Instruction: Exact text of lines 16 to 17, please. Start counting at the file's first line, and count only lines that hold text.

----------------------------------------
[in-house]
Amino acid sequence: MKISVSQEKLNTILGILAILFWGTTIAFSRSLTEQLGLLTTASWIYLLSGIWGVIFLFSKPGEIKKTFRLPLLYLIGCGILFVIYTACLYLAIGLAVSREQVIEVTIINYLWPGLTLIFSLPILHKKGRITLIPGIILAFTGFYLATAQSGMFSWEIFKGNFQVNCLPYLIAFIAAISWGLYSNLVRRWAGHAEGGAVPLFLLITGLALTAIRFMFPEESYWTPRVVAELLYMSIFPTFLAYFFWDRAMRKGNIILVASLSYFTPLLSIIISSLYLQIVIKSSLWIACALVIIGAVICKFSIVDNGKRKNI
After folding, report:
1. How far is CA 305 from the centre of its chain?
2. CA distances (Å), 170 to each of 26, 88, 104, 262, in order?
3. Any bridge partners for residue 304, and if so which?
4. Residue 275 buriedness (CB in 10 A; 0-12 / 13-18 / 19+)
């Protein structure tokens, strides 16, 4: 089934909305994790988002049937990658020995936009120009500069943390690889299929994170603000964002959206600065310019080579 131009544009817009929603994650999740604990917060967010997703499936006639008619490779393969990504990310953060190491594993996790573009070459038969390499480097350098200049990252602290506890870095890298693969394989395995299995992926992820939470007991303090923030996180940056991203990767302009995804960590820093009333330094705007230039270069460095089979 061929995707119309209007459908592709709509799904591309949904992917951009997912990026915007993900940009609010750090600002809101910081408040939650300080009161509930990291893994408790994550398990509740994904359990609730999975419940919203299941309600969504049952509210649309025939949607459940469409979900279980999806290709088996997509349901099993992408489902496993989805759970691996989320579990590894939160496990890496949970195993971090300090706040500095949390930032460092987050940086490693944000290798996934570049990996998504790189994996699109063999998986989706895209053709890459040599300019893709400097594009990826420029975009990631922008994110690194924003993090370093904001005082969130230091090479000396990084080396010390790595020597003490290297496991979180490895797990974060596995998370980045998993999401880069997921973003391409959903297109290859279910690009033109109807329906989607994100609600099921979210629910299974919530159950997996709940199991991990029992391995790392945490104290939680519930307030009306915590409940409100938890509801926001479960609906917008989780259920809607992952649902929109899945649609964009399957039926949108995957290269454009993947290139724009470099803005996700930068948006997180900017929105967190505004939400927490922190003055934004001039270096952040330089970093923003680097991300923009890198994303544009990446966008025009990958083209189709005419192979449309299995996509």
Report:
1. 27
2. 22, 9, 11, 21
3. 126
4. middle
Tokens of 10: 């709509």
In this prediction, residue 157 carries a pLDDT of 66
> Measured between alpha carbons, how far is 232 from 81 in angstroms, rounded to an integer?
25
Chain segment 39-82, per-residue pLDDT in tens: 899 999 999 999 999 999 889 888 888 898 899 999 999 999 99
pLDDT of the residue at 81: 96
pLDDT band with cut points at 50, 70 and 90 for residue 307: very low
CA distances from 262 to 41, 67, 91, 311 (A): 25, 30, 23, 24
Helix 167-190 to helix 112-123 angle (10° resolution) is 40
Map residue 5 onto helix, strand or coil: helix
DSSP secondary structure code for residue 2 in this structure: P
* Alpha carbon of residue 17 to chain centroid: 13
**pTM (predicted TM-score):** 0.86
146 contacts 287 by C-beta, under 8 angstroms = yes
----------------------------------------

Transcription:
> Measured between alpha carbons, how far is 232 from 81 in angstroms, rounded to an integer?
25